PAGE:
Still another important object of the invention is to provide a strain gauge pressure transducer gauge in which the strain gauge exciting voltage is provided by an electronic circuit mounted on a printed circuit board and housed totally within the gauge housing that is in turn energized from a conventional readily available regulated power supply to provide a constant of the strain gauge that, when deflection of the diaphragm and leaf spring actuated thereby occurs, results in the provision of a milli-amp or milli-volt output in the range of from about 4 to about 20 milli-amps, or from about one to about 5 milli-volts that may be transmitted to a receiving indicating meter, a process controller, or a computer.
Yet a further object of the invention is to provide a strain gauge pressure transducer especially adapted for lower fluid pressure applications in the range of from 0 to 0.25 inches of water column to 10 to 15 psi., that is composed of few and simple basic mechanical parts, that is inexpensive of manufacture and assembly, and that is readily employed in application and long lived and accurate in use.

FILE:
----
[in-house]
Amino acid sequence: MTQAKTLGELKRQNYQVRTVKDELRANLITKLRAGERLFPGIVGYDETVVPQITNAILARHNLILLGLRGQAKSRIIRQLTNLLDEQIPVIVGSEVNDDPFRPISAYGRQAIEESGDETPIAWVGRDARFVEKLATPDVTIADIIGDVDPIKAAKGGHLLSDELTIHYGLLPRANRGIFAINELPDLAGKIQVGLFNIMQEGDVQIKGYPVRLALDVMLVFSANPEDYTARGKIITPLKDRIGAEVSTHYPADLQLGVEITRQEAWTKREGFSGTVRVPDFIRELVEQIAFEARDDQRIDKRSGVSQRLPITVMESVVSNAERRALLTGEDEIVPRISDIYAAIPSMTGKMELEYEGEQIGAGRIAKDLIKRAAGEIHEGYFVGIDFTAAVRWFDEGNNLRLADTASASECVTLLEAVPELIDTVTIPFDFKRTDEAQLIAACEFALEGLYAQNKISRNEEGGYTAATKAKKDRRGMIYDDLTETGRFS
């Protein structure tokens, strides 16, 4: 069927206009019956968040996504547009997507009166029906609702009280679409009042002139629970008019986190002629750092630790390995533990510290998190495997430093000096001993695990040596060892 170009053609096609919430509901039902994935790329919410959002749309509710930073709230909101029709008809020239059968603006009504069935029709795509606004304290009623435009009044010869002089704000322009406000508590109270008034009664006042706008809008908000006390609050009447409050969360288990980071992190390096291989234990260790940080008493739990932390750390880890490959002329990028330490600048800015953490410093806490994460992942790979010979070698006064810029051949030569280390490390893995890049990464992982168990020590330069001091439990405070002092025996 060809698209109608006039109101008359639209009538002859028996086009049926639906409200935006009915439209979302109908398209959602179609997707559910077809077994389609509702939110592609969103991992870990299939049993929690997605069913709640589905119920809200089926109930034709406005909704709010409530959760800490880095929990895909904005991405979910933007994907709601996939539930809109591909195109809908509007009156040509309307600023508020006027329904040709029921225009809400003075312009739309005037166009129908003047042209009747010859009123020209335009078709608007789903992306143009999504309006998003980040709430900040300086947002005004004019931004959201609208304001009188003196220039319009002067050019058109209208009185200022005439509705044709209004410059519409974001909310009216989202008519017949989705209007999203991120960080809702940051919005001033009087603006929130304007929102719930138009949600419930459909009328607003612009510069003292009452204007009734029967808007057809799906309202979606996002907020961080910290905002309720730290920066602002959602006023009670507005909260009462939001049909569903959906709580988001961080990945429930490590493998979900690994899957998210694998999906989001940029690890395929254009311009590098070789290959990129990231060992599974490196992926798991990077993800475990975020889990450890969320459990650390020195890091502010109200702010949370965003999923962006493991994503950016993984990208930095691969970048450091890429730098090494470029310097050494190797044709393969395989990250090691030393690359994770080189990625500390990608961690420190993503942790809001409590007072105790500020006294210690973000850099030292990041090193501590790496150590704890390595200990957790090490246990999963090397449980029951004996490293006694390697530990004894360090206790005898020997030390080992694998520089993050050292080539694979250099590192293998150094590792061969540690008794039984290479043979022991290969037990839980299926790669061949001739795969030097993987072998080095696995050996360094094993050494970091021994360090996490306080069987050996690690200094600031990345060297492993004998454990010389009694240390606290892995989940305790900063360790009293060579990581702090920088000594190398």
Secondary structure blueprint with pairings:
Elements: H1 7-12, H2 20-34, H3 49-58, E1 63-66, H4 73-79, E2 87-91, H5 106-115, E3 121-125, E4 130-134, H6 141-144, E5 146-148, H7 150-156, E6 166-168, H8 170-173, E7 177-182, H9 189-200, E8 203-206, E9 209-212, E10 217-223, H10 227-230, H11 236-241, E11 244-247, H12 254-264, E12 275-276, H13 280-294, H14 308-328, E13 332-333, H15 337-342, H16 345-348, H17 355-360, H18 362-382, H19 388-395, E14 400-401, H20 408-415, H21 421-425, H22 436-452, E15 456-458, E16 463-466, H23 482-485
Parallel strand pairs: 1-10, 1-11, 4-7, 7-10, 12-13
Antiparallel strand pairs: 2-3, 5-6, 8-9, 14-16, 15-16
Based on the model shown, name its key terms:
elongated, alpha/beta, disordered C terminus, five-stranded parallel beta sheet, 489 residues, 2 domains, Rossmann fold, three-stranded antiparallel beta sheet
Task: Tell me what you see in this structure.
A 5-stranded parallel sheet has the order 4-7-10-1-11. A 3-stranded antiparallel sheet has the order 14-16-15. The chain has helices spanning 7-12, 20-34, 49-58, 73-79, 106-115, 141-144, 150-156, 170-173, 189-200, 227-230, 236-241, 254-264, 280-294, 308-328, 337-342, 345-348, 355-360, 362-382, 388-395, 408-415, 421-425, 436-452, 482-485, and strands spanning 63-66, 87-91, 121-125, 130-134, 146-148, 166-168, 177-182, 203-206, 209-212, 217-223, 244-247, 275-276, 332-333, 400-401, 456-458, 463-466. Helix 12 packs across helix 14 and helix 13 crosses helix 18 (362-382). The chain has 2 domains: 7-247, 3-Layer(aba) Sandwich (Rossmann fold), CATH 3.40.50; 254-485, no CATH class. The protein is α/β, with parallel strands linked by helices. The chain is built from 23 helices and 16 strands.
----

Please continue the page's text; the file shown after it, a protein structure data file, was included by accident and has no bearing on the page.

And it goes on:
In accordance with the invention, the strain gauge pressure transducer comprises a housing defining an internal pressure cavity and a bottom wall that is recessed for application over same of a flexible elastomeric diaphragm that separates high and low pressure chambers in the gauge, with the low pressure chamber being on the housing bottom wall side of the diaphragm and the housing including a cover for closing off the open side of same to complete the high pressure chamber. A range spring in the form of a leaf spring similar to that disclosed in said Phillips and Zoludow patent is anchored to the housing cantilever fashion in the high pressure chamber, and to one side of the diaphragm, to dispose the live length of the leaf spring in overlying relation to the diaphragm, to which the leaf spring live length is connected for deflecting movement thereof by the diaphragm in response to pressure changes in the instrument high and low pressure chambers. The spring live length is defined by the leaf spring being clamped to the housing adjacent the diaphragm periphery. The leaf spring has fixed to its live length a strain gauge which in the illustrated embodiment is in the form of four square grid etched foil sensing elements of the self temperature compensated type, connected in Wheatstone bridge fashion, that form an electro-mechanical transducer that is powered by an electronic circuit mounted inside the gauge on a printed circuit board that is disposed in overlying relation to and spaced from the leaf spring, which electronic circuit when energized by a suitable regulated power supply supplies a constant voltage to the strain gauge. Deflection of the leaf spring live length under deflection of the diaphragm unbalances the strain gauge and effects a corresponding change in the strain gauge signal which is amplified and converted by the electronic circuit to an output in the range of from about 4 to about 20 milli-amps or from about one to about 5 milli-volts that may be supplied to instrumentation such as a receiving indicating meter, a recorder, or a process controlling computer or controller. The circuit has two internal adjustment that provide for adjustment of the range or span of the transducer, and the zero operating point of the transducer.